Studies show that when products are formulated from the new ingredient, nootkatone, they may repel and kill ticks, mosquitoes, and a wide variety of other biting pests. Nootkatone is responsible for the characteristic smell and taste of grapefruit and is widely used in the fragrance industry to make perfumes and colognes. It is found in minute quantities in Alaska yellow cedar trees and grapefruit skin.

Nootkatone can now be used to develop new insect repellents and insecticides for protecting people and pets. CDC’s licensed partner, Evolva, is in advanced discussions with leading pest control companies for possible commercial partnerships. Companies interested in developing brand name consumer products will be required to submit a registration package to EPA for review, and products could be commercially available as early as 2022.

“CDC is proud to have led the research and development of nootkatone,” said Jay C. Butler, MD, Deputy Director for Infectious Diseases. “Providing new alternatives to existing bite-prevention methods paves the way to solving one of biggest challenges in preventing vector-borne diseases—preventing bites.”

Studies show that when nootkatone is formulated into insect repellents, they may protect from bites at similar rates as products with other active ingredients already available and can provide up to several hours of protection.

Having a new effective ingredient for insecticide available will assist in addressing the growing levels of insecticide-resistance to other products currently in use, according to EPA.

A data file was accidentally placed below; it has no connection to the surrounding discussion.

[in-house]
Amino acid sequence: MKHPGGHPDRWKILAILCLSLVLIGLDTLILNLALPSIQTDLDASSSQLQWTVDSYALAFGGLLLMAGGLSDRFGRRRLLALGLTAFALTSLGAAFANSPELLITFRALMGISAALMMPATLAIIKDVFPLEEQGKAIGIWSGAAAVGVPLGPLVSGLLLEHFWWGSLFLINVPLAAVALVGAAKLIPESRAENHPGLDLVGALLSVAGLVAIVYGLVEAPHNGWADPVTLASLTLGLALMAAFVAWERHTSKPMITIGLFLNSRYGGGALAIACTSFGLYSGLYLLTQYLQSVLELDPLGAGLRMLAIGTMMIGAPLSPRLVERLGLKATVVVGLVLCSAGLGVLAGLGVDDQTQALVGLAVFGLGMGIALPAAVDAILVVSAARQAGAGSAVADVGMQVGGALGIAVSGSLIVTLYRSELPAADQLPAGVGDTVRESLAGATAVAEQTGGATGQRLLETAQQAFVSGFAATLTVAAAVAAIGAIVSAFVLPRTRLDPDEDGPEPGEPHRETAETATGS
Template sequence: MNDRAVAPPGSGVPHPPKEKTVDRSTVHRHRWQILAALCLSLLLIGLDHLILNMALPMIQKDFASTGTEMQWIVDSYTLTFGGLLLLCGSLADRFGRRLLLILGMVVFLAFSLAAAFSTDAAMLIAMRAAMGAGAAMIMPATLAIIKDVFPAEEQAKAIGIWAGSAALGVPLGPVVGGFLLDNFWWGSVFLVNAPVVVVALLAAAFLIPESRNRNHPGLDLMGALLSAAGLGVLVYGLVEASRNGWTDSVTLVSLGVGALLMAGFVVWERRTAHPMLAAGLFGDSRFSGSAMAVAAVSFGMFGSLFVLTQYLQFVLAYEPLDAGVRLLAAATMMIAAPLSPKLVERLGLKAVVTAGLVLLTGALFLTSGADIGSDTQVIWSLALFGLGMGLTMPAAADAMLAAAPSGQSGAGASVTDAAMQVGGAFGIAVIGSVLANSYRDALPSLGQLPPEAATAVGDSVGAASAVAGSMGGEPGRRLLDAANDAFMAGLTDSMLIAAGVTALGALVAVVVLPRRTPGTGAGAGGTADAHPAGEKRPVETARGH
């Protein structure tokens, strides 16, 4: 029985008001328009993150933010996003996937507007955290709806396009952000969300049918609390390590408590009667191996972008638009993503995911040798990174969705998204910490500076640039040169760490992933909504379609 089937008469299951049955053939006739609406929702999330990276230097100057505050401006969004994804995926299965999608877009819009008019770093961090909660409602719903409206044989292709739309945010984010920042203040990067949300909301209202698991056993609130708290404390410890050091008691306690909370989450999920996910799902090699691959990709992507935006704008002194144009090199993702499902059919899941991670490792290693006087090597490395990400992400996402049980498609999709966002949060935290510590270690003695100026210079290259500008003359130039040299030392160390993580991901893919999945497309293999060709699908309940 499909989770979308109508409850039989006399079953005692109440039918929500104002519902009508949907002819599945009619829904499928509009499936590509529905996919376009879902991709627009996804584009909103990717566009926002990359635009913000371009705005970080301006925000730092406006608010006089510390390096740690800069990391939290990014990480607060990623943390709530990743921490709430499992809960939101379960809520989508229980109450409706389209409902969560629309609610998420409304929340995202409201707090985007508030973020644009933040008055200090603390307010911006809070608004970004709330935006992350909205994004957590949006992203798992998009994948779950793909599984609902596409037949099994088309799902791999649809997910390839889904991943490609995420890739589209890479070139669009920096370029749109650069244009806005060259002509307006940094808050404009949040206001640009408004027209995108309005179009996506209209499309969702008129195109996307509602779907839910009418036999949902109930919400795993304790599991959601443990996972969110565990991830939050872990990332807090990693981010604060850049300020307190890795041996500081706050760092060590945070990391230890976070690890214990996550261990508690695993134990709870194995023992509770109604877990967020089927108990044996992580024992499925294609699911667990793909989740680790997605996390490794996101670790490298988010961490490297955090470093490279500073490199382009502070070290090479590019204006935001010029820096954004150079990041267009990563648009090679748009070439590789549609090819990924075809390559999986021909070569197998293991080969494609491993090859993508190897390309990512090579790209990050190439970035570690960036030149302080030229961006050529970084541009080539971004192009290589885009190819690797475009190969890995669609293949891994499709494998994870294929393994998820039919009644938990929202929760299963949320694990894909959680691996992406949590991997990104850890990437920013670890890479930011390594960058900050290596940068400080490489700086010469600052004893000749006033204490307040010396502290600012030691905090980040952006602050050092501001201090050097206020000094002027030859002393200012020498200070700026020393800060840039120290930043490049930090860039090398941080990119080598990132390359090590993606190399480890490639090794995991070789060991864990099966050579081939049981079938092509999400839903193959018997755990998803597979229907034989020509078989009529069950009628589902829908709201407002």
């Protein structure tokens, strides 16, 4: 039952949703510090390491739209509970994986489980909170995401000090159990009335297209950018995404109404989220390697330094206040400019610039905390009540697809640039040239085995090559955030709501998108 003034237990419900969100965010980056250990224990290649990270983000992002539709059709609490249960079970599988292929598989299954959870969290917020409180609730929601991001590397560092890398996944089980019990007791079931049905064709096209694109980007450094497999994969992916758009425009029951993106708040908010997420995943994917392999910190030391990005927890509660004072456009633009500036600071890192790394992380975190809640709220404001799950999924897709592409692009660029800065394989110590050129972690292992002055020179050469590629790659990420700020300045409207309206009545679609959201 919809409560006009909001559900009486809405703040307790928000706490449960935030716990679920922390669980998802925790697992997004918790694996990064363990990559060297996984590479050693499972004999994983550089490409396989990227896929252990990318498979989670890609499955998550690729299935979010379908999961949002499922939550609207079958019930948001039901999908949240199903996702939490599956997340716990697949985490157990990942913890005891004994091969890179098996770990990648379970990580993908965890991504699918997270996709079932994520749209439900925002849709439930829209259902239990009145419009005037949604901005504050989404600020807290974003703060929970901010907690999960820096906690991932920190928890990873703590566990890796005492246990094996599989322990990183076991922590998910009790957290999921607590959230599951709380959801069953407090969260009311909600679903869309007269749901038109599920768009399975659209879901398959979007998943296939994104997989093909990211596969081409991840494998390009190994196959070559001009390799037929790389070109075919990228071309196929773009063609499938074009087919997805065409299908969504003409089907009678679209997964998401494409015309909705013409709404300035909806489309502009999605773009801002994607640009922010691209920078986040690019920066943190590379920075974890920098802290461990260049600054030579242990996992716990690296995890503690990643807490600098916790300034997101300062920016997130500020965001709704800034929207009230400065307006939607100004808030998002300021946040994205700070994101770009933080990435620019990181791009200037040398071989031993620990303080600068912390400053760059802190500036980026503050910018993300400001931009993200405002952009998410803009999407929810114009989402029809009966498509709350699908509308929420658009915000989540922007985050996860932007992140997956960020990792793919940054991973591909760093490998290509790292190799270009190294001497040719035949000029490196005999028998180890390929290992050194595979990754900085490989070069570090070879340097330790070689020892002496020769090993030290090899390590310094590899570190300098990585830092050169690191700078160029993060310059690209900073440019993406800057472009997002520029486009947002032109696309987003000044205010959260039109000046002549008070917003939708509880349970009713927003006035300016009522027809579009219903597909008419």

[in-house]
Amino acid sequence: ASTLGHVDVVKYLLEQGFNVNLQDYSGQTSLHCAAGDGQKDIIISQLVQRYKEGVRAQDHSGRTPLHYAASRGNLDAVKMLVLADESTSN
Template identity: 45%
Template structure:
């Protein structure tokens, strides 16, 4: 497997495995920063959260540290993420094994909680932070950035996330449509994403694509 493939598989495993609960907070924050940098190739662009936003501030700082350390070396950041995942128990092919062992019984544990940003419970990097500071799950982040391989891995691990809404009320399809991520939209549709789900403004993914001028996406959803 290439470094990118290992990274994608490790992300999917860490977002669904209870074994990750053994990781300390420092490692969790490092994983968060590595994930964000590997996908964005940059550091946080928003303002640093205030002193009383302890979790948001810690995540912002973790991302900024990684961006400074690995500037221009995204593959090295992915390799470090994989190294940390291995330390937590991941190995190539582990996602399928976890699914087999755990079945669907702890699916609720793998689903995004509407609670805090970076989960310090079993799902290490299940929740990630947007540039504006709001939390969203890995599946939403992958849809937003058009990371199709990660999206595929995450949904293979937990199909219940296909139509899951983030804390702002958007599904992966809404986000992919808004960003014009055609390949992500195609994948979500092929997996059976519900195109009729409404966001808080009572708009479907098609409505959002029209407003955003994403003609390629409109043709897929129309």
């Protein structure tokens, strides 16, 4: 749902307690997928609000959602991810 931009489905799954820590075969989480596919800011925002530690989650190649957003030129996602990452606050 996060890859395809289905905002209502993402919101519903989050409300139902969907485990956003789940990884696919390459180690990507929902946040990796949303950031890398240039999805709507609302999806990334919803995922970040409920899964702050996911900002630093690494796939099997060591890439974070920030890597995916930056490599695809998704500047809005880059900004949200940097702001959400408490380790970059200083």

“EPA is pleased to be continuing our partnership with CDC on registering nootkatone, which provides another tool to help protect the American public from biting insects and ticks,” said Alexandra Dapolito Dunn, EPA Assistant Administrator for the Office of Chemical Safety and Pollution Prevention. “This new active ingredient has the potential to be used in future insect repellents and pesticides that will protect people from disease. In many areas of the United States, mosquitoes have become resistant to currently available pesticides. A new active ingredient in our toolbox will help vector-control programs.”

Mosquito- and tickborne diseases are a growing threat in every U.S. state and territory. The number of reported cases of mosquito- and tickborne diseases doubled from 2004 to 2018. Tickborne diseases represent almost 8 in 10 of all reported vector-borne disease cases in the U.S. Increasing risk from these diseases means increasing demands on federal, state, and local health departments and vector control agencies.

CDC has partnered with Evolva since 2014. In 2017, Evolva was awarded a Biomedical Advanced Research and Development Authority (BARDA) contract with the key objective of advancing the development of nootkatone and nootkatone-based products for protection against mosquito-borne diseases, including dengue and Zika. This work has been supported with federal funds from CDC and managed by the Office of the Assistant Secretary for Preparedness and Response (ASPR), BARDA, under Contract No. HHSO100201700015C.